(oh, and though I didn't know it, yesterday was 5 years to the day the original iPod was launched, which lends a nice symmetry to the whole affair. Happy Birthday iPod: I couldn't begin to describe how much I've depended on you these 5 years to shelter me from garrulous cab-drivers, unwanted conversations, and the distracting noises of that thing called the Rest of the World)
Monday, October 23, 2006
The story behind this picture:
My wife and I came across these feeding bowls downstairs a few weeks ago. "Tickle Cat" is presumably the mother cat we've seen hanging around, and "Cat Little" must be the kitten. Someone was feeding them, though by the time we saw this, only the kitten could be seen – mottled black, and in many ways resembling our Iffy.
Over the next few days we saw the kitten only, always waiting at the bottom of the staircase, or lounging in one of the shoe racks. One night, we came back and found her mewling piteously, her voice all raspy as if she'd been crying all day. K correctly surmised that she was hungry, and when we brought down a bowl of water, she lapped it almost all up, and then ate half a can of cat food. She must have felt better after that, because she immediately started play-pouncing on us (kittens: irrepressible – one minute after being pulled away from the brink of starvation/dehydration, and they're back to playing).
The next day, the cleaners came to wash the floors, and we haven't seen her since. That was more than a week ago. We're hoping that some family – perhaps the one that's been feeding them – took her in. Certainly, given the noise and water from the hoses, she would have instinctively ran through one of the open doors for shelter. Still, we don't know for sure. The only consolation, and it is a very minor one, is that at least she had a good meal, a full belly, and was happy the last time we saw her.
Saturday, October 07, 2006
All because of the haze floating over from Sumatra.
Not only is it bad for the health, it's hurting the planet. Deforestation is the second largest contributor to global warming. While we're coughing our lungs out over here, somewhere over there Sumatra is going up in smoke. Rainforest ecosystems a few thousand years old are being burned down in a few days. They won't grow back.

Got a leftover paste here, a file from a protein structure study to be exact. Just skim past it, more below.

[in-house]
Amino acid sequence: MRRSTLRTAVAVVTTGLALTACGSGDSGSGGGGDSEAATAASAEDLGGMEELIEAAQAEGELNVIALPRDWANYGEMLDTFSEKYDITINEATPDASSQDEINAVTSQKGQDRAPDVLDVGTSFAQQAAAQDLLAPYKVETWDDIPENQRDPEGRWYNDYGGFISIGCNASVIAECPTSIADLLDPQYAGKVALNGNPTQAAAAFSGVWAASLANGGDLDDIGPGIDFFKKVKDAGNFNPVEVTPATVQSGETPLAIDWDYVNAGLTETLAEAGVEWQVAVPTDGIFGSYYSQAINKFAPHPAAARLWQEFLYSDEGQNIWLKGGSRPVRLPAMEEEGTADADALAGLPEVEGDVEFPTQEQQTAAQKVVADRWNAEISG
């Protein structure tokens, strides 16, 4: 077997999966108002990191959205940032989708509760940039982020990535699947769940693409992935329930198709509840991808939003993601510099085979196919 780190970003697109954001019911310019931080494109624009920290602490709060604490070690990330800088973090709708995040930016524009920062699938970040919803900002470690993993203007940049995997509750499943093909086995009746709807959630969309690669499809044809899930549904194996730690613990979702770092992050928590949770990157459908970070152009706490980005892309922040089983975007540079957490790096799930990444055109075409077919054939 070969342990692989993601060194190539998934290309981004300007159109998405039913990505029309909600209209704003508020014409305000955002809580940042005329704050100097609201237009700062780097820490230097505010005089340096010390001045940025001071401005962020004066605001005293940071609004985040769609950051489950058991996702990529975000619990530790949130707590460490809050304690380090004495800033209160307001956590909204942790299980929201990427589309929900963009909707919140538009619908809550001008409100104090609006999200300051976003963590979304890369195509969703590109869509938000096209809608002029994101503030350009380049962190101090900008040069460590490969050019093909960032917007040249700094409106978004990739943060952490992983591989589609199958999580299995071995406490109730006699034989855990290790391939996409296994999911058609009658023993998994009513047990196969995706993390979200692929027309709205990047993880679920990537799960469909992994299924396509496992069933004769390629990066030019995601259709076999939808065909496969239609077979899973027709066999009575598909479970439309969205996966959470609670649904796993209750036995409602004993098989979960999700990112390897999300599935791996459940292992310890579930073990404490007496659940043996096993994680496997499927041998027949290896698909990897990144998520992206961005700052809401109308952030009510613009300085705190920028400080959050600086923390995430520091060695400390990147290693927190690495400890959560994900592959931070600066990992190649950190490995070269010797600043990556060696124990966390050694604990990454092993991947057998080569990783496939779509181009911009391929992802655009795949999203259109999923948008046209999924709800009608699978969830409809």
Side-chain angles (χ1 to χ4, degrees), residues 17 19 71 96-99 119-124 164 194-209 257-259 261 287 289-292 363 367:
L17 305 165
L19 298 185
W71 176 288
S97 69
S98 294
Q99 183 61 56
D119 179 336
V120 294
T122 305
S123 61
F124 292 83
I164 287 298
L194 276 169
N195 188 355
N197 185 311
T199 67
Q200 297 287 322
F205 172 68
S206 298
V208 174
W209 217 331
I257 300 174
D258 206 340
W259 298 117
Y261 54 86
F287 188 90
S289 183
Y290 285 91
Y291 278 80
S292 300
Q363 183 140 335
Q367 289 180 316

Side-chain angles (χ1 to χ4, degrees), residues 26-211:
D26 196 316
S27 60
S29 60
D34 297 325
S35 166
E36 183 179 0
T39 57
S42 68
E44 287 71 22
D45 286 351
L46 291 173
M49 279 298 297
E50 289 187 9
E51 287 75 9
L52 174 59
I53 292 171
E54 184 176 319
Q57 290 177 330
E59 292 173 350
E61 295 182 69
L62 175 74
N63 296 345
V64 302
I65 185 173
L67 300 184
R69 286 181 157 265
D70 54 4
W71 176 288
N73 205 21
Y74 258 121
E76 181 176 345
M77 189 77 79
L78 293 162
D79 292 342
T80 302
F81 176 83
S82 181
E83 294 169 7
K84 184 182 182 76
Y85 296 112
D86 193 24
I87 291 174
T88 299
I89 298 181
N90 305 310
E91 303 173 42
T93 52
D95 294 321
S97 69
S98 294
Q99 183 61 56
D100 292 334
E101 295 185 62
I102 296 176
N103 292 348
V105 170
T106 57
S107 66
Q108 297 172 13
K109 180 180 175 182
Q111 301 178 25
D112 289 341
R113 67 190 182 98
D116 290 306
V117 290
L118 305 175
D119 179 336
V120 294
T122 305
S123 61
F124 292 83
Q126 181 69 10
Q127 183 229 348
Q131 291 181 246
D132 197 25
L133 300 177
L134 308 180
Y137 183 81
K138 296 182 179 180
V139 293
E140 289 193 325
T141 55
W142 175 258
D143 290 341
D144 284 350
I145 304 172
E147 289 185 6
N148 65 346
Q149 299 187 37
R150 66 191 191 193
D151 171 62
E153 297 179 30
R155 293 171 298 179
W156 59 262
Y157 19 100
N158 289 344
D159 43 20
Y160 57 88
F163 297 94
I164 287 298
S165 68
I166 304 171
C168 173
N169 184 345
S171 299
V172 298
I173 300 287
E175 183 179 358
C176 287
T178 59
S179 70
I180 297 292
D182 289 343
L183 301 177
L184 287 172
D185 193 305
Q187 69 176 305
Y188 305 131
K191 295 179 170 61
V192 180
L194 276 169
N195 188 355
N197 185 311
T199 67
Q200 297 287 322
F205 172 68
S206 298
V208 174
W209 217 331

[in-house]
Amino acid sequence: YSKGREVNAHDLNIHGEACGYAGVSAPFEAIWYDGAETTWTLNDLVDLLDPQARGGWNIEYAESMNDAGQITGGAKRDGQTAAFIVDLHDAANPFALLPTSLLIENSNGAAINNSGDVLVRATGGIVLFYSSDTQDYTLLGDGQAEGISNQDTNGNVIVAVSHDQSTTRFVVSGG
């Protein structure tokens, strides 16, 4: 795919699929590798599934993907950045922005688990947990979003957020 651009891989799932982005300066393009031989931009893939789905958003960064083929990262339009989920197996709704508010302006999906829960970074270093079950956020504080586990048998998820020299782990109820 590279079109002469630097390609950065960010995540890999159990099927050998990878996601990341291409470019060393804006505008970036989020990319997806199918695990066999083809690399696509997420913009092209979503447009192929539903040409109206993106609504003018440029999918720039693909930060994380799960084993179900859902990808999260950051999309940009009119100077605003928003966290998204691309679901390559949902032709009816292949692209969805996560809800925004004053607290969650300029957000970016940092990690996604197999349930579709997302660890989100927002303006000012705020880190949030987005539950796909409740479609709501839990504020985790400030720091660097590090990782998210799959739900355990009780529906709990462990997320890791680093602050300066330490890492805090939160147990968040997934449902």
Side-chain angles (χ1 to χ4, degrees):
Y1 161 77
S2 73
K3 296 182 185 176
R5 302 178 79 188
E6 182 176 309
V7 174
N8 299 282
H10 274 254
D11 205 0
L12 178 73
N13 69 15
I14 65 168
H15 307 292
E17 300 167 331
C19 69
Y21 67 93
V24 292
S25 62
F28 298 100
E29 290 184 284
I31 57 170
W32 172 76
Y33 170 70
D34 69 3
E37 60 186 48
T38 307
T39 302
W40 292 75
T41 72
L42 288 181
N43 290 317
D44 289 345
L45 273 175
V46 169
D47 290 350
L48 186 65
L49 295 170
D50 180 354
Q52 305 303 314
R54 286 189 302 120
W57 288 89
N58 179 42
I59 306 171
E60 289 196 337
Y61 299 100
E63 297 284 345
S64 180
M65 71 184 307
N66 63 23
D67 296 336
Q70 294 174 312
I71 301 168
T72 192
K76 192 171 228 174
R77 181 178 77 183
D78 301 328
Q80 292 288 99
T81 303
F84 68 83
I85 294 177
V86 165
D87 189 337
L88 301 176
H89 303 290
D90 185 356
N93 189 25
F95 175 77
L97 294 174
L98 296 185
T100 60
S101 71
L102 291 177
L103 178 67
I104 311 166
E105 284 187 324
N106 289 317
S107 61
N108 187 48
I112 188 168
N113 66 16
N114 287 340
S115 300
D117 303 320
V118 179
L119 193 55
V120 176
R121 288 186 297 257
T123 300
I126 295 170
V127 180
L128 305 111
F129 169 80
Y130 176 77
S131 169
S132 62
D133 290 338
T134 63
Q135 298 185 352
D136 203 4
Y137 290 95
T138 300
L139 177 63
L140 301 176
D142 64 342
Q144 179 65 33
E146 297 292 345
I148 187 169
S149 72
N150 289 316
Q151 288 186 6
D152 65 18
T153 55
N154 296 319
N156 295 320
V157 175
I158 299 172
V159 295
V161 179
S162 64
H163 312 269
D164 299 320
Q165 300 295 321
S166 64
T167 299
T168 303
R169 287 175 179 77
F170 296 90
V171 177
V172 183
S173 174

We should just go ahead and paint a giant yellow box* round this country, because breathing in this haze is probably equivalent to smoking a few cigarettes – in fact, these forest fires have made a nation of passive smokers of the lot of us.
I'd write more but I have to go blow my nose again.
(* yellow box: used to indicate smoking areas in army camps. Also where the best conversation can usually be found. And ironically, for the next few weeks at least, possibly where the best quality of air can be found as well. At the very least, it won't be worse than just breathing in this)
Saturday, September 16, 2006
I am typing this with one hand.
The reason I am typing this with one hand (and very quietly) will be evident from the photo above. You see, any human being that remains still for any length of time in this household very quickly becomes cat furniture. I lazed in bed too long this morning: before I knew it, Iffy had claimed my left arm as her pillow.
There's no moving after that of course - not when the slightest shift in body weight earns you a pointed sleepy stare from a disgruntled cat, as if to say "Look? Do you mind? Some of us are trying to sleep here."
Oh yes, and the claws come out as well. Ouch.
With handphone and iBook within (one) arm's reach though, I've managed to take this photo, bluetooth it over to my iBook, edit it in GIMP, post it to flickr, and blog ... all with one hand pinned down by a cat (whoever wrote that paradox about immovable objects was obviously thinking about sleeping cats).
Right, I'm going to try and persuade my cat that i need my other arm back now ...
Saturday, September 09, 2006
... because good coffee is that important.
The poster actually reads "1 less reason to Diet", but I read it as "die" when I first saw it, and decided to photograph it that way.